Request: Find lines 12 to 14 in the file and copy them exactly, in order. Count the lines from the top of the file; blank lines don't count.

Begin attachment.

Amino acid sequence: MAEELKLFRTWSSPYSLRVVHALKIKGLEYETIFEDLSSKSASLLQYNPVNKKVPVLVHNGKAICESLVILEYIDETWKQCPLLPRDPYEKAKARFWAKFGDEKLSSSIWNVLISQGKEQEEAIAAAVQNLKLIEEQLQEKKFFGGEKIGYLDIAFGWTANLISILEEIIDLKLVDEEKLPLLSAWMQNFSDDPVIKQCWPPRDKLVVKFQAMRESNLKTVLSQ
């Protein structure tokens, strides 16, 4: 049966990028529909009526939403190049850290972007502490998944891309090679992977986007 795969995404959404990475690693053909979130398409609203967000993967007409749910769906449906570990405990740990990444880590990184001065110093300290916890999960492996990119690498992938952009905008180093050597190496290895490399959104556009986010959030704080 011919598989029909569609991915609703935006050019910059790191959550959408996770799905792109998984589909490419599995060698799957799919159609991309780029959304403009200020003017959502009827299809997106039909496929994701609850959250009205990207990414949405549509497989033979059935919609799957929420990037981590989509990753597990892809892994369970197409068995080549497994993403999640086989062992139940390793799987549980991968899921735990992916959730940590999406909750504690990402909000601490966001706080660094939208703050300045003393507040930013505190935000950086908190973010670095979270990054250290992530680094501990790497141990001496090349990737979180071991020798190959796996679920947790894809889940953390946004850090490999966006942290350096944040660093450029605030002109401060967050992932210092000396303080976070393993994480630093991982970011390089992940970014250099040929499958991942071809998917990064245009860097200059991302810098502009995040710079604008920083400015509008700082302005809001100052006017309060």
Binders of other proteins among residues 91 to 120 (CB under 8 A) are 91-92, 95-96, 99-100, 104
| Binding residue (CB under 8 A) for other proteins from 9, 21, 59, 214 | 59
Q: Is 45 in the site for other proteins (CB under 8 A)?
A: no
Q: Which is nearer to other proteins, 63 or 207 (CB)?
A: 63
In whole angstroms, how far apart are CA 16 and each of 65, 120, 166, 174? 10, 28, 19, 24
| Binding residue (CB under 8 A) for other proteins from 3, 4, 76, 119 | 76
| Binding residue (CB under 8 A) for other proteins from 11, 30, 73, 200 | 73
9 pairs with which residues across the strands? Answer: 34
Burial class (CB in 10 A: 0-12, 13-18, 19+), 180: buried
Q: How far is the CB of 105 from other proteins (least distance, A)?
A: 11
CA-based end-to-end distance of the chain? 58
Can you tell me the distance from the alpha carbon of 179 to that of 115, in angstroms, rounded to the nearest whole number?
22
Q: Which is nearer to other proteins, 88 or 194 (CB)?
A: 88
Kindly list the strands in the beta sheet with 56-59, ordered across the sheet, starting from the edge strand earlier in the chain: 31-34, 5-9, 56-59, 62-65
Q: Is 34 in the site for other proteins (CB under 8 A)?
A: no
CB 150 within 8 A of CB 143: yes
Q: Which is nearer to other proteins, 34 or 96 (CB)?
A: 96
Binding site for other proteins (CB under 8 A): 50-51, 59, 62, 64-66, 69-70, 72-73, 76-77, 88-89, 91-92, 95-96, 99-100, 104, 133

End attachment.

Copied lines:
9 pairs with which residues across the strands? Answer: 34
Burial class (CB in 10 A: 0-12, 13-18, 19+), 180: buried
Q: How far is the CB of 105 from other proteins (least distance, A)?